17 Version 6/11/2007 16 OTHER 3 rd PARTY SCAN HCP DIGITAL WAREHOUSE It insures our high standards for content quality

18 Version 6/11/2007 17 Digital warehouse status today 12,000 titles currently scanned and ingested All new titles automatically digitized Total global title count available online is now over 6,000 Nearly 700 titles in viral distribution through the widget

19 Version 6/11/2007 18 We next used our digital warehouse to market printed books

20 Version 6/11/2007 19 Browse Inside enables book sampling on our site Quality of books content is publisher controlled Amount of content shown is set by publisher Titles are automatically available on sale date or earlier

21 Version 6/11/2007 20 The BI widget is the viral version for bloggers, publicists and authors Widgets are available on all HarperCollins books in our digital warehouse

22 Version 6/11/2007 21 Authors took to the widget right away JOSH KILMER PURCELL ON MYSPACE Wanna free, personalized,signed bookplate for your copyof "I Am Not Myself TheseDays?How? Easy.Just put an "I Am Not MyselfThese Days" widget on yourMySpace page or website. It letsother people browse inside thebook to see what you've beenraving about for months. JOSH KILMER PURCELL ON MYSPACE Wanna free, personalized,signed bookplate for your copyof "I Am Not Myself TheseDays?How? Easy.Just put an "I Am Not MyselfThese Days" widget on yourMySpace page or website. It letsother people browse inside thebook to see what you've beenraving about for months. JOHN GROGANS AUTHOR SITE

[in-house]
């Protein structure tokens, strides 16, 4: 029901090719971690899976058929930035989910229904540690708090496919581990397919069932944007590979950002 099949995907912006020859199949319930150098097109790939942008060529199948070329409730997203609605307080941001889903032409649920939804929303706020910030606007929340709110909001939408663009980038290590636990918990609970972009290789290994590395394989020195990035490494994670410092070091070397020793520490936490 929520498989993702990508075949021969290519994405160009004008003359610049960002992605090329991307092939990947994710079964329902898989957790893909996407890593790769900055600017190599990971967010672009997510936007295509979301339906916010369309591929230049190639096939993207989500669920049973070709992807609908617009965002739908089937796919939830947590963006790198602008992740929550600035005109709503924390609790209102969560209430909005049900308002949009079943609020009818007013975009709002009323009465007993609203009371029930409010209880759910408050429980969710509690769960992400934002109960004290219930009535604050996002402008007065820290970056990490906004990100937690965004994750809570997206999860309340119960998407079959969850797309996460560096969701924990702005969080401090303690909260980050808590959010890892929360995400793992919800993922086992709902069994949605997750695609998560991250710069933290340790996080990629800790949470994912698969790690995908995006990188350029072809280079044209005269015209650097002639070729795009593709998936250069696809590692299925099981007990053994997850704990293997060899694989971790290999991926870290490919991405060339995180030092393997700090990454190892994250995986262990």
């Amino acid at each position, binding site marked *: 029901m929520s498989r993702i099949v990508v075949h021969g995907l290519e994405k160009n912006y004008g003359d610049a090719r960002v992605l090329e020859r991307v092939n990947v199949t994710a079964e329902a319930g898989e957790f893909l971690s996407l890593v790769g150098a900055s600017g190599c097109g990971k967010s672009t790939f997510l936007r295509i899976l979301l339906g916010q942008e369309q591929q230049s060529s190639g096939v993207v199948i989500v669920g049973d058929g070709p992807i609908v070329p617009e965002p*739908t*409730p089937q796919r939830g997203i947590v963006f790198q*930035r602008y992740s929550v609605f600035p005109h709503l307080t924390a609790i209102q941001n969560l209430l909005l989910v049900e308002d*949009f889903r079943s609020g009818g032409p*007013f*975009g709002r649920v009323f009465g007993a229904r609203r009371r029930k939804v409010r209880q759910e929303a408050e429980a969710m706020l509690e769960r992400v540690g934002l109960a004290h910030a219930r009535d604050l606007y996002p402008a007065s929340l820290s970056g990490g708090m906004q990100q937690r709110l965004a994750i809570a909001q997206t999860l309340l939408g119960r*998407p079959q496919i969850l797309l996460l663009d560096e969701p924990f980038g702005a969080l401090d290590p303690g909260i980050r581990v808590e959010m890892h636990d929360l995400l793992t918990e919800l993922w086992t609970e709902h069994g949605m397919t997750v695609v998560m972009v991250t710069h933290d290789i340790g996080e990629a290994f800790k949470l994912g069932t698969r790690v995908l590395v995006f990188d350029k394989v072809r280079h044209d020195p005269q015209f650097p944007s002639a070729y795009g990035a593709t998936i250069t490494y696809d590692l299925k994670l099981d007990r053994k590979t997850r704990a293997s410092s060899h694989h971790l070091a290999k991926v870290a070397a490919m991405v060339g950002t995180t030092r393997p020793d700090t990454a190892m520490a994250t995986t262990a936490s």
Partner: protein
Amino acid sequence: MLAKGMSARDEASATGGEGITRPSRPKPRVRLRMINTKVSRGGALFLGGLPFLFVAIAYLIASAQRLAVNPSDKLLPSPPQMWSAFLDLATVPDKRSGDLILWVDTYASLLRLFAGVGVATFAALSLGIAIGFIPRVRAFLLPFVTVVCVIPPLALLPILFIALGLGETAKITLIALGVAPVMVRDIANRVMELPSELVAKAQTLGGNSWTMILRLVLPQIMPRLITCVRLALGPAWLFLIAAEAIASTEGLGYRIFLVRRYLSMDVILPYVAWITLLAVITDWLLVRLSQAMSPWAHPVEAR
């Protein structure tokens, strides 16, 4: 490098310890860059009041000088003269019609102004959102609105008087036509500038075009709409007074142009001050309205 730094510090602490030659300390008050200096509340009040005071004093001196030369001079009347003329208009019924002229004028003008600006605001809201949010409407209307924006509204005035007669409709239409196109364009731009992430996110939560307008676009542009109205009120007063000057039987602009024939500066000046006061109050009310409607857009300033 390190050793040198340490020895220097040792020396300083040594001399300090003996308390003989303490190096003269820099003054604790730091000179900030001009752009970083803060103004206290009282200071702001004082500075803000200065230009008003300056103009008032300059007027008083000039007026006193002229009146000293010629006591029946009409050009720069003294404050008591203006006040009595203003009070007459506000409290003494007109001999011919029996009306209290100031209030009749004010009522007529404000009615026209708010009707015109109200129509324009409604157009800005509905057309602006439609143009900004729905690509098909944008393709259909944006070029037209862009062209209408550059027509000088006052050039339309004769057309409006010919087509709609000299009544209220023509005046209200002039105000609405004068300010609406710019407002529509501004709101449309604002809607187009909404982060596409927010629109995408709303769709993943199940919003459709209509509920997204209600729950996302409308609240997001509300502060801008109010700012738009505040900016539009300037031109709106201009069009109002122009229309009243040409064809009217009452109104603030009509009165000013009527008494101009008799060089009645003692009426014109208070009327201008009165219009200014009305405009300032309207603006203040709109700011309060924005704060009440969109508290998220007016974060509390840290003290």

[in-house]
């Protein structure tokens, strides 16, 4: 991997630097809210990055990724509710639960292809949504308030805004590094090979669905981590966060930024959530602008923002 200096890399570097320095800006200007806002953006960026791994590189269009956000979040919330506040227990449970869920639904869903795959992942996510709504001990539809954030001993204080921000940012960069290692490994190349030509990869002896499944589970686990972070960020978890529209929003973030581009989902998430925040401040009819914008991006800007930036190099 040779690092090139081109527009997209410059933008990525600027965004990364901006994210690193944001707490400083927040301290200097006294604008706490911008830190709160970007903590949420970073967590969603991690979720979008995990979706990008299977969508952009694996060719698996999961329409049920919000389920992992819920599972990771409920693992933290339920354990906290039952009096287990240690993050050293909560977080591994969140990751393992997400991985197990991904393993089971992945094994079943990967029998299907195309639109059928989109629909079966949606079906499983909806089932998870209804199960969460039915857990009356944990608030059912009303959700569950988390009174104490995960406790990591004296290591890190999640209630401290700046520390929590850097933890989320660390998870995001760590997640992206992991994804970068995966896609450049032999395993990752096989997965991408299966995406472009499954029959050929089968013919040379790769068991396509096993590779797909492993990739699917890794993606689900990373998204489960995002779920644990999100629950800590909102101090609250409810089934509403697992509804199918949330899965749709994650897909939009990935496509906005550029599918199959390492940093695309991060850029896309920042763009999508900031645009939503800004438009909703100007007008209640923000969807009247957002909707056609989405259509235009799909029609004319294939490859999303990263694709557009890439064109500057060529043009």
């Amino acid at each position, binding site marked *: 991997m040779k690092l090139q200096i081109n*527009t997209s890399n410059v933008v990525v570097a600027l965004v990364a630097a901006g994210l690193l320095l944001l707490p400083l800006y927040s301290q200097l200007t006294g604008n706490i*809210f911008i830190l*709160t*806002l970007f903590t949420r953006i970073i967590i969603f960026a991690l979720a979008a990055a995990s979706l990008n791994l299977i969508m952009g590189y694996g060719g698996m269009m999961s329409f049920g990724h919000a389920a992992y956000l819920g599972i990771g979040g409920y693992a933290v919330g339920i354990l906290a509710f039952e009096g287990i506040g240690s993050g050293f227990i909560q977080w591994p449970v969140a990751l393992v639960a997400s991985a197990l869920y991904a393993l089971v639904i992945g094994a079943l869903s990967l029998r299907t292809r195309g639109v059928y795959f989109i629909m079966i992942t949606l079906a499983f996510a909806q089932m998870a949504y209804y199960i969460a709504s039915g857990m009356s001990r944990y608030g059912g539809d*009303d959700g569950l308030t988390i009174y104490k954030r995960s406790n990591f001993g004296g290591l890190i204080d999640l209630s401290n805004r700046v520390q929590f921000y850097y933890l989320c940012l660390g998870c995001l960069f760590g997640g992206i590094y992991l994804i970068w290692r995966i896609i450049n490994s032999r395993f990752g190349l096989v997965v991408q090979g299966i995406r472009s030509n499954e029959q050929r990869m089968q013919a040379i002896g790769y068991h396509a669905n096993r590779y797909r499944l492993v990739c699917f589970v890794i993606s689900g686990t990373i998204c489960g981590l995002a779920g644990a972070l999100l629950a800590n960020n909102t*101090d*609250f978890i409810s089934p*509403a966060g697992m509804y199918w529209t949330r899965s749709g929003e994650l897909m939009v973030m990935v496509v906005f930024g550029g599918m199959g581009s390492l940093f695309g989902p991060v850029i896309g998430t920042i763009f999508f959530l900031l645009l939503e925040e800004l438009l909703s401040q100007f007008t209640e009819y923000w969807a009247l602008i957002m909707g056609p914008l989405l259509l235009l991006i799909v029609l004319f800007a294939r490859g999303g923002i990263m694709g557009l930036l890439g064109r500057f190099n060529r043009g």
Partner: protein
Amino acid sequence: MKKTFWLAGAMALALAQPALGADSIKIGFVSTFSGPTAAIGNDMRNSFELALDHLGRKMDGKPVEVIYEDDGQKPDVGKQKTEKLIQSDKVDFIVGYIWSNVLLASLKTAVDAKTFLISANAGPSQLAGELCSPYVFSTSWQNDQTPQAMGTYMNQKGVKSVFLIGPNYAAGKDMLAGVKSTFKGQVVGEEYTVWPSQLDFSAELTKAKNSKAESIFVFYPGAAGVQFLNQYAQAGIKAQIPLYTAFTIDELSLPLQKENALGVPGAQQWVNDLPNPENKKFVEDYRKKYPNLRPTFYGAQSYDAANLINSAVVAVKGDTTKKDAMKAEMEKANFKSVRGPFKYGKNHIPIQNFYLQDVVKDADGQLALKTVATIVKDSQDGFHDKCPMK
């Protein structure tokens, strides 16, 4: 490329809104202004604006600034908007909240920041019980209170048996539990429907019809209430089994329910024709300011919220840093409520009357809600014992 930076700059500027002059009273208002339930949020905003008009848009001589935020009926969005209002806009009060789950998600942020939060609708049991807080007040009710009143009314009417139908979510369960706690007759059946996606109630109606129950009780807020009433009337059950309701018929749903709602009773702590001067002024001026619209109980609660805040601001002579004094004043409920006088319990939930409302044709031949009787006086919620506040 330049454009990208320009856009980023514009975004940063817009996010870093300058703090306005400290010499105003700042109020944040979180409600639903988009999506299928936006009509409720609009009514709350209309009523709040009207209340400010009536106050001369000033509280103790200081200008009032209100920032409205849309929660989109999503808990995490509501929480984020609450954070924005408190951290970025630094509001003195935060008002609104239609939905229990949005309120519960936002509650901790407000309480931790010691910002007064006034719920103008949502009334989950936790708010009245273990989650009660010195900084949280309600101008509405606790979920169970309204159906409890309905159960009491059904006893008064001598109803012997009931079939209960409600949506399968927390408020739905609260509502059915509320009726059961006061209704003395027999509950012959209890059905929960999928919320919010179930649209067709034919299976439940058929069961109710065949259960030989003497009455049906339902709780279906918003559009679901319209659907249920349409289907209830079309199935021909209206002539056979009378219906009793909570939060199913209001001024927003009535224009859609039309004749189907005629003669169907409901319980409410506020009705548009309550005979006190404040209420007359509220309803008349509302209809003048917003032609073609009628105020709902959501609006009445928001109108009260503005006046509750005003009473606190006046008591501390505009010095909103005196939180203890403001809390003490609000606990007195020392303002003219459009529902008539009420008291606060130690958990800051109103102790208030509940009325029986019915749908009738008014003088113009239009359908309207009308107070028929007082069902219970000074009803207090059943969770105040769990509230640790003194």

23 Version 6/11/2007 22 Widget on MySpace

24 Version 6/11/2007 23 Widget placed on destination sites enables fast, scalable cross promotion with major sites! Fox.com gets over 1M unique visitors / month Fox placement drove nearly 4K page views by over 700 people

25 Version 6/11/2007 24 Oprah.com showed best the value of viral placement Oprah.com gets 3.4M unique visitors / month. Oprah placement drove nearly 10K page views by 1000 people

26 Version 6/11/2007 25 Data shows how weve increased our reach

27 Version 6/11/2007 26 Book sampling now available for all retailers Data shows sampling generates a 6-10% increase in book sales All online book retailers can now enhance the consumer book shopping experience easily Booksense.com bookstores now online

28 Version 6/11/2007 27 Sampling now available in all newsletters

29 Version 6/11/2007 28 Browse Inside is compatible with libraries too...

30 Version 6/11/2007 29 A final word on digital standards... Weve invested 18 months in developing our DW and its standards. Publishers should compete on content, not technology. Industry organizations have roles to play in speeding the ratification or validation of standards. Standards and policy need to be customer-centric and open while respectful of copyright ownership.

31 30 June 4, 2007 Carolyn Pittis SVP, Global Marketing Strategy & Operations 212-207-7754 carolyn.pittis@harpercollins.com www.harpercollins.com